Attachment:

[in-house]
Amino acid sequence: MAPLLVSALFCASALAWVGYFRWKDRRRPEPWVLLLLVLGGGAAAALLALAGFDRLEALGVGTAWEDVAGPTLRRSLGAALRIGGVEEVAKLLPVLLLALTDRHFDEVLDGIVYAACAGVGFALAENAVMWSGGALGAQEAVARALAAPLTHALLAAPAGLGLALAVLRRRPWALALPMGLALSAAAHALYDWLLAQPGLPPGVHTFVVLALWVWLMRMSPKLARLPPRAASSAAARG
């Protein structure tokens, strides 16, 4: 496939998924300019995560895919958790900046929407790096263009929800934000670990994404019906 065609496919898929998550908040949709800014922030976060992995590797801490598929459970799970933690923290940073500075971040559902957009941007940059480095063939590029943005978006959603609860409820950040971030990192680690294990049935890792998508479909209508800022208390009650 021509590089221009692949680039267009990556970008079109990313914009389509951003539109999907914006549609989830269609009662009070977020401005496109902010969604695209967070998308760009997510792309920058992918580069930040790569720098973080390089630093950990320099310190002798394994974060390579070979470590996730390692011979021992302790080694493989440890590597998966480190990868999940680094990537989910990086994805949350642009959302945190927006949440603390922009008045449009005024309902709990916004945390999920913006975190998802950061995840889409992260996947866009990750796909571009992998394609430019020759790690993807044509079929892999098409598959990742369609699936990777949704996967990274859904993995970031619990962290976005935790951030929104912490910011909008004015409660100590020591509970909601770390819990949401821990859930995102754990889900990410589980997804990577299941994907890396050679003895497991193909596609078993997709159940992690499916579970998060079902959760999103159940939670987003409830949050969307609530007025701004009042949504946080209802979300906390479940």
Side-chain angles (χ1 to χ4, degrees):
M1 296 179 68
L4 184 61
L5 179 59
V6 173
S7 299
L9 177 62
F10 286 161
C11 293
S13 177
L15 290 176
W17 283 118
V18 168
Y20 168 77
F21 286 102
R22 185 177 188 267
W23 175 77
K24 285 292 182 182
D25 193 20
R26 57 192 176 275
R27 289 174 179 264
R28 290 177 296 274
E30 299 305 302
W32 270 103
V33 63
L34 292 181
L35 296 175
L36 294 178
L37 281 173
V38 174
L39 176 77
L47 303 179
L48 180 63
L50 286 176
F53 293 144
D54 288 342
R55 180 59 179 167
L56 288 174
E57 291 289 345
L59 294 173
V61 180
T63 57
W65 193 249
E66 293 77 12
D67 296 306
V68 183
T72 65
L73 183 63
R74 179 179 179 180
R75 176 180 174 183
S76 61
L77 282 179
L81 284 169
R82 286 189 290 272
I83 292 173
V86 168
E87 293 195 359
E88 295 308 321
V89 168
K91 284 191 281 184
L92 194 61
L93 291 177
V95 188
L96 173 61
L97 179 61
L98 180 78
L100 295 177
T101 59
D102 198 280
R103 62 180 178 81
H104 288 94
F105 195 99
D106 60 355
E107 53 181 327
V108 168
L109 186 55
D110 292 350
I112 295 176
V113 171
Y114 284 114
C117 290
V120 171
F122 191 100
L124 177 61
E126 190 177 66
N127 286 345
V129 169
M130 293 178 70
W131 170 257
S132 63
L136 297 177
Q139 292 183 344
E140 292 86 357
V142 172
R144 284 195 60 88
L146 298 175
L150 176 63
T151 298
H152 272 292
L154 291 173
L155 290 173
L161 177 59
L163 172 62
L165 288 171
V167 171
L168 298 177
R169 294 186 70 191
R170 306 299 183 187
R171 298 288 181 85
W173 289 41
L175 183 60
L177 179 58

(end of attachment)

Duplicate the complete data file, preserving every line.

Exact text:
[in-house]
Amino acid sequence: MAPLLVSALFCASALAWVGYFRWKDRRRPEPWVLLLLVLGGGAAAALLALAGFDRLEALGVGTAWEDVAGPTLRRSLGAALRIGGVEEVAKLLPVLLLALTDRHFDEVLDGIVYAACAGVGFALAENAVMWSGGALGAQEAVARALAAPLTHALLAAPAGLGLALAVLRRRPWALALPMGLALSAAAHALYDWLLAQPGLPPGVHTFVVLALWVWLMRMSPKLARLPPRAASSAAARG
């Protein structure tokens, strides 16, 4: 496939998924300019995560895919958790900046929407790096263009929800934000670990994404019906 065609496919898929998550908040949709800014922030976060992995590797801490598929459970799970933690923290940073500075971040559902957009941007940059480095063939590029943005978006959603609860409820950040971030990192680690294990049935890792998508479909209508800022208390009650 021509590089221009692949680039267009990556970008079109990313914009389509951003539109999907914006549609989830269609009662009070977020401005496109902010969604695209967070998308760009997510792309920058992918580069930040790569720098973080390089630093950990320099310190002798394994974060390579070979470590996730390692011979021992302790080694493989440890590597998966480190990868999940680094990537989910990086994805949350642009959302945190927006949440603390922009008045449009005024309902709990916004945390999920913006975190998802950061995840889409992260996947866009990750796909571009992998394609430019020759790690993807044509079929892999098409598959990742369609699936990777949704996967990274859904993995970031619990962290976005935790951030929104912490910011909008004015409660100590020591509970909601770390819990949401821990859930995102754990889900990410589980997804990577299941994907890396050679003895497991193909596609078993997709159940992690499916579970998060079902959760999103159940939670987003409830949050969307609530007025701004009042949504946080209802979300906390479940």
Side-chain angles (χ1 to χ4, degrees):
M1 296 179 68
L4 184 61
L5 179 59
V6 173
S7 299
L9 177 62
F10 286 161
C11 293
S13 177
L15 290 176
W17 283 118
V18 168
Y20 168 77
F21 286 102
R22 185 177 188 267
W23 175 77
K24 285 292 182 182
D25 193 20
R26 57 192 176 275
R27 289 174 179 264
R28 290 177 296 274
E30 299 305 302
W32 270 103
V33 63
L34 292 181
L35 296 175
L36 294 178
L37 281 173
V38 174
L39 176 77
L47 303 179
L48 180 63
L50 286 176
F53 293 144
D54 288 342
R55 180 59 179 167
L56 288 174
E57 291 289 345
L59 294 173
V61 180
T63 57
W65 193 249
E66 293 77 12
D67 296 306
V68 183
T72 65
L73 183 63
R74 179 179 179 180
R75 176 180 174 183
S76 61
L77 282 179
L81 284 169
R82 286 189 290 272
I83 292 173
V86 168
E87 293 195 359
E88 295 308 321
V89 168
K91 284 191 281 184
L92 194 61
L93 291 177
V95 188
L96 173 61
L97 179 61
L98 180 78
L100 295 177
T101 59
D102 198 280
R103 62 180 178 81
H104 288 94
F105 195 99
D106 60 355
E107 53 181 327
V108 168
L109 186 55
D110 292 350
I112 295 176
V113 171
Y114 284 114
C117 290
V120 171
F122 191 100
L124 177 61
E126 190 177 66
N127 286 345
V129 169
M130 293 178 70
W131 170 257
S132 63
L136 297 177
Q139 292 183 344
E140 292 86 357
V142 172
R144 284 195 60 88
L146 298 175
L150 176 63
T151 298
H152 272 292
L154 291 173
L155 290 173
L161 177 59
L163 172 62
L165 288 171
V167 171
L168 298 177
R169 294 186 70 191
R170 306 299 183 187
R171 298 288 181 85
W173 289 41
L175 183 60
L177 179 58